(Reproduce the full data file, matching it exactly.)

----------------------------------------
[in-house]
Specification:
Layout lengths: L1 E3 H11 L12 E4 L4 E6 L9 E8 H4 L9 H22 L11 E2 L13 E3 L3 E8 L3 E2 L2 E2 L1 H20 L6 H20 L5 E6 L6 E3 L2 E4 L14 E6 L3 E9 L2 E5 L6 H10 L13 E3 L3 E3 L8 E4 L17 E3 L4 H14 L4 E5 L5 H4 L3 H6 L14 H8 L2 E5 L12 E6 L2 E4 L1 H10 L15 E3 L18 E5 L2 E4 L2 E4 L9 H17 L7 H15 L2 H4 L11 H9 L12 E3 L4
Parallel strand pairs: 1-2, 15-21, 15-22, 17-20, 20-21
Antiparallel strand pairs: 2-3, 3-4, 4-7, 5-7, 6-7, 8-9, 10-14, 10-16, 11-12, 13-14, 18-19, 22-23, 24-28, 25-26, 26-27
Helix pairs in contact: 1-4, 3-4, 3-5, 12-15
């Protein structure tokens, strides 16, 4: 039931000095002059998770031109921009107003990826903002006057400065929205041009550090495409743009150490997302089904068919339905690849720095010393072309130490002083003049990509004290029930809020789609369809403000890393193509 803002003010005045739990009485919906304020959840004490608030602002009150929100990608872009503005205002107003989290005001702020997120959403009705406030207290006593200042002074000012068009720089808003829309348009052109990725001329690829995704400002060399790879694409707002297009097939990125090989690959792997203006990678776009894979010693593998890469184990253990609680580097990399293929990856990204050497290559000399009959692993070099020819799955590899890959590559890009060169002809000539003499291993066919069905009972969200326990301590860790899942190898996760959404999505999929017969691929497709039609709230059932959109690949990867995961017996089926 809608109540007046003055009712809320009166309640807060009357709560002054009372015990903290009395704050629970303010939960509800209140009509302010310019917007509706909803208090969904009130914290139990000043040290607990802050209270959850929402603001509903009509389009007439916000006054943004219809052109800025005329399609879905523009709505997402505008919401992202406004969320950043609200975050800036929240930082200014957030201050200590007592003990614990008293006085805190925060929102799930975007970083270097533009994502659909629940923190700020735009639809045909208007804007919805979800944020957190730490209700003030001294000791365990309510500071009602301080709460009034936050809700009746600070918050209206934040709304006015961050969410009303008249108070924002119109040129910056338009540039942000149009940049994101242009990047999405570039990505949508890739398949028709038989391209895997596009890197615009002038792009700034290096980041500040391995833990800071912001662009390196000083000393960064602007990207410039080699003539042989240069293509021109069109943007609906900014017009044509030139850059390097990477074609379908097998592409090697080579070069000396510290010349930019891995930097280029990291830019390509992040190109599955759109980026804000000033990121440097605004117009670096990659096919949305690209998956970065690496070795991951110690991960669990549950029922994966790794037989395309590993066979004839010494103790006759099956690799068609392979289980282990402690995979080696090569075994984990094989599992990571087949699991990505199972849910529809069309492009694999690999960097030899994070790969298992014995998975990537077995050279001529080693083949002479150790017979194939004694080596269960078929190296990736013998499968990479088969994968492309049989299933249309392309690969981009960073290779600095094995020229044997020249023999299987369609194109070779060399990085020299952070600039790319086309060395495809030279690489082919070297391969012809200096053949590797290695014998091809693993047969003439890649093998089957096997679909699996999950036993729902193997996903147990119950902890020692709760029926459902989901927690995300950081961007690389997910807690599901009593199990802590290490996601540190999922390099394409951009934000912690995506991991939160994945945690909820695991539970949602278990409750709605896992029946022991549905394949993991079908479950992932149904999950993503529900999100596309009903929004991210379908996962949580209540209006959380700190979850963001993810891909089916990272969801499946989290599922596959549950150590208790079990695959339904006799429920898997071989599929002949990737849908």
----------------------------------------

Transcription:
[in-house]
Specification:
Layout lengths: L1 E3 H11 L12 E4 L4 E6 L9 E8 H4 L9 H22 L11 E2 L13 E3 L3 E8 L3 E2 L2 E2 L1 H20 L6 H20 L5 E6 L6 E3 L2 E4 L14 E6 L3 E9 L2 E5 L6 H10 L13 E3 L3 E3 L8 E4 L17 E3 L4 H14 L4 E5 L5 H4 L3 H6 L14 H8 L2 E5 L12 E6 L2 E4 L1 H10 L15 E3 L18 E5 L2 E4 L2 E4 L9 H17 L7 H15 L2 H4 L11 H9 L12 E3 L4
Parallel strand pairs: 1-2, 15-21, 15-22, 17-20, 20-21
Antiparallel strand pairs: 2-3, 3-4, 4-7, 5-7, 6-7, 8-9, 10-14, 10-16, 11-12, 13-14, 18-19, 22-23, 24-28, 25-26, 26-27
Helix pairs in contact: 1-4, 3-4, 3-5, 12-15
């Protein structure tokens, strides 16, 4: 039931000095002059998770031109921009107003990826903002006057400065929205041009550090495409743009150490997302089904068919339905690849720095010393072309130490002083003049990509004290029930809020789609369809403000890393193509 803002003010005045739990009485919906304020959840004490608030602002009150929100990608872009503005205002107003989290005001702020997120959403009705406030207290006593200042002074000012068009720089808003829309348009052109990725001329690829995704400002060399790879694409707002297009097939990125090989690959792997203006990678776009894979010693593998890469184990253990609680580097990399293929990856990204050497290559000399009959692993070099020819799955590899890959590559890009060169002809000539003499291993066919069905009972969200326990301590860790899942190898996760959404999505999929017969691929497709039609709230059932959109690949990867995961017996089926 809608109540007046003055009712809320009166309640807060009357709560002054009372015990903290009395704050629970303010939960509800209140009509302010310019917007509706909803208090969904009130914290139990000043040290607990802050209270959850929402603001509903009509389009007439916000006054943004219809052109800025005329399609879905523009709505997402505008919401992202406004969320950043609200975050800036929240930082200014957030201050200590007592003990614990008293006085805190925060929102799930975007970083270097533009994502659909629940923190700020735009639809045909208007804007919805979800944020957190730490209700003030001294000791365990309510500071009602301080709460009034936050809700009746600070918050209206934040709304006015961050969410009303008249108070924002119109040129910056338009540039942000149009940049994101242009990047999405570039990505949508890739398949028709038989391209895997596009890197615009002038792009700034290096980041500040391995833990800071912001662009390196000083000393960064602007990207410039080699003539042989240069293509021109069109943007609906900014017009044509030139850059390097990477074609379908097998592409090697080579070069000396510290010349930019891995930097280029990291830019390509992040190109599955759109980026804000000033990121440097605004117009670096990659096919949305690209998956970065690496070795991951110690991960669990549950029922994966790794037989395309590993066979004839010494103790006759099956690799068609392979289980282990402690995979080696090569075994984990094989599992990571087949699991990505199972849910529809069309492009694999690999960097030899994070790969298992014995998975990537077995050279001529080693083949002479150790017979194939004694080596269960078929190296990736013998499968990479088969994968492309049989299933249309392309690969981009960073290779600095094995020229044997020249023999299987369609194109070779060399990085020299952070600039790319086309060395495809030279690489082919070297391969012809200096053949590797290695014998091809693993047969003439890649093998089957096997679909699996999950036993729902193997996903147990119950902890020692709760029926459902989901927690995300950081961007690389997910807690599901009593199990802590290490996601540190999922390099394409951009934000912690995506991991939160994945945690909820695991539970949602278990409750709605896992029946022991549905394949993991079908479950992932149904999950993503529900999100596309009903929004991210379908996962949580209540209006959380700190979850963001993810891909089916990272969801499946989290599922596959549950150590208790079990695959339904006799429920898997071989599929002949990737849908």